After you’ve started your seeds, how do you transition them to the outdoor garden? Also known as hardening off plants, this is a critical step to get your seedlings ready to go outside. In this post, I’ll share what you need to know to successfully transition your seedlings to the garden.
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Starting your Seeds
Before you can think about hardening off your seedlings, you need ensure you’re starting off with healthy seedlings to begin with. Ideally, you have started them off with a good grow light. Healthy seedlings are also spaced appropriately, only one strong seedling per cell. When you start your seeds well, you set yourself up for better hardening off and transplanting.
Not all seedlings will need this, but some seedlings will grow out of their small container before they are ready for the ground. I use a plastic cup that holds about two cups of dirt. I primarily do this with my tomatoes and peppers and sometimes other crops that outgrow their containers before it’s time to get them outside.
Hardening Off Plants
When you have a seedling that has been growing in a controlled indoor environment, you can’t suddenly put that seedling outside in the ground. You want to slowly prepare that plant for the outdoors.
Why You Should Harden Off Plants
When you start seeds indoors with a grow light or even in a window, the light is not the same as the direct sunlight it will experience outdoors. Your plant needs to adjust to full sunlight. It also needs to be acclimated to the wind. A plant that hasn’t been in the wind is not strong enough to withstand a gusty day. Even if you have a fan blowing on your seedlings inside (which I recommend), it is not the same as the wind and your plants need to grow stronger slowly. Temperature swings from night to day are another reason to prepare your plants.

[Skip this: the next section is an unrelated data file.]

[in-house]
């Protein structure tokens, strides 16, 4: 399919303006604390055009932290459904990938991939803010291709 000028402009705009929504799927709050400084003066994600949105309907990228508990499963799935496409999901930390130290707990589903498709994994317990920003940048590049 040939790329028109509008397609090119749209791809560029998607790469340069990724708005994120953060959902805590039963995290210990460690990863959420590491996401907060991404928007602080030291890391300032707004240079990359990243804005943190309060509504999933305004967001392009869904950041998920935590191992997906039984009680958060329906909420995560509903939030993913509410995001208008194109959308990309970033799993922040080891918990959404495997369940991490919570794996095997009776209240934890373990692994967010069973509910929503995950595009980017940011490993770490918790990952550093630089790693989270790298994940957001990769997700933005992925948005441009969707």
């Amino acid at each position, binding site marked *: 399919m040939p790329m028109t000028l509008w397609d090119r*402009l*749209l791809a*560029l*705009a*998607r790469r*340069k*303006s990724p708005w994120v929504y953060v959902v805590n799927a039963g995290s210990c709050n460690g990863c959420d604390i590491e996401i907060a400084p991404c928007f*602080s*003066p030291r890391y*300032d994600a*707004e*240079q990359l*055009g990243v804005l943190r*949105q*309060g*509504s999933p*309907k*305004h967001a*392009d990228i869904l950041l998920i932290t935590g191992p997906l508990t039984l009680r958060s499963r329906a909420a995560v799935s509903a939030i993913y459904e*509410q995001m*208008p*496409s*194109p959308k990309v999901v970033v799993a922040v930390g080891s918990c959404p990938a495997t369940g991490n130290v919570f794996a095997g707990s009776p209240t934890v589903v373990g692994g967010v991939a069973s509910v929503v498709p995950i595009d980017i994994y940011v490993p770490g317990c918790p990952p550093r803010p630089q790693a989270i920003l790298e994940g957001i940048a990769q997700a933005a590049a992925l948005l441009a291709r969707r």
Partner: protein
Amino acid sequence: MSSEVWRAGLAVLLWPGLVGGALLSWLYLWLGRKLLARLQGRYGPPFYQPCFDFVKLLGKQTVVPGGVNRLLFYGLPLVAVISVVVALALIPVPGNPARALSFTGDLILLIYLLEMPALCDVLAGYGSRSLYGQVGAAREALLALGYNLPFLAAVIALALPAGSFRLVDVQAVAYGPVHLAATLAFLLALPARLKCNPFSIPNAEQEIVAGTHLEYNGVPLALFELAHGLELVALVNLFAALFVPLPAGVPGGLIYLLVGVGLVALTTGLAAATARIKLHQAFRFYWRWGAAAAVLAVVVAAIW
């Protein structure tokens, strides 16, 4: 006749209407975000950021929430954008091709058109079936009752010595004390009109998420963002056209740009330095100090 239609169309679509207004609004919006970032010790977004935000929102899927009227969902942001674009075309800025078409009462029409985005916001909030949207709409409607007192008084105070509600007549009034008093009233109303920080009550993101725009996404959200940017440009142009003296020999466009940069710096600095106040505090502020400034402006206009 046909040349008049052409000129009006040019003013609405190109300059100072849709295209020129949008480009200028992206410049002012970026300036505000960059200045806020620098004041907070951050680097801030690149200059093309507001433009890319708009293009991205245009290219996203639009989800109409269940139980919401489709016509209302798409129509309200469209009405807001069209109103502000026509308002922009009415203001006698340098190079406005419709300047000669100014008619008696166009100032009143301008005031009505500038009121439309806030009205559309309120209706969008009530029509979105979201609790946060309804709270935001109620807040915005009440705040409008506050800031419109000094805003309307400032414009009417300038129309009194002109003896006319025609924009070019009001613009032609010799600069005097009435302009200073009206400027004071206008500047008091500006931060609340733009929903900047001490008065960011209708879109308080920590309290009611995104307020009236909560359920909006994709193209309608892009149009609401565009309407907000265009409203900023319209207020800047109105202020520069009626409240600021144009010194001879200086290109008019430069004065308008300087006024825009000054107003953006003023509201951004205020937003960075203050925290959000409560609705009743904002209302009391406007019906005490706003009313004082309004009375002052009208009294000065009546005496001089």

My Hardening Off Process
Each gardener hardens off plants his or her own way, but this is how I get my seedlings ready to thrive outside.
I start 1-2 weeks ahead of my outdoor planting time. On the first day, I put my plants outside in a shady spot for about an hour. The next day I’ll increase the time to two hours and they may get a little more sun. Every day, they will get progressively more sun and time outside.
Early in the process, I pay attention to the outdoor temperature; I don’t want the temperature to change too much at the beginning of the hardening off process. For example, if my indoor temperature is 70 degrees, I like to choose a time of day when the outdoor temperatures hover between 65 and 75 if possible.
As they’re in the sun in these containers, I also pay close attention and keep them well watered. Plants exposed to sun and wind dry out quicker than those in your controlled indoor environment.
Further along in the hardening off process, after I’ve added hours each day and the plants have grown acclimated to the outdoors most of the day, then I start to think about nighttime temperatures. I won’t leave them outside in containers when it is near frost temperatures, but they do need to prepare for temperature swings.
For an almost hardened-off tomato plant, for example, I’ll only leave them outside when nighttime temperatures are in the 50s. For peppers, I wait until the 60s.
When to Transplant
After the hardening off process is complete, start watching the weather for opportunities to transplant those seedlings into the garden.
You want to help your young plants have as smooth a transition as possible. Think about the temperatures outside, including the nighttime temperatures, and avoid planting when you expect any extreme temperature shifts.
Related: When to Plant What
You may want to transplant on a cloudy day, though it’s not always possible. I often transplant my crops later in the day so they miss the direct heat of the early afternoon. If rain isn’t in the forecast for the next day, make sure you water them well after transplant.
There are several things to think about when starting seeds and hardening off plants to transplant them into the garden. Do you have any hardening off tips you’d add to my process?
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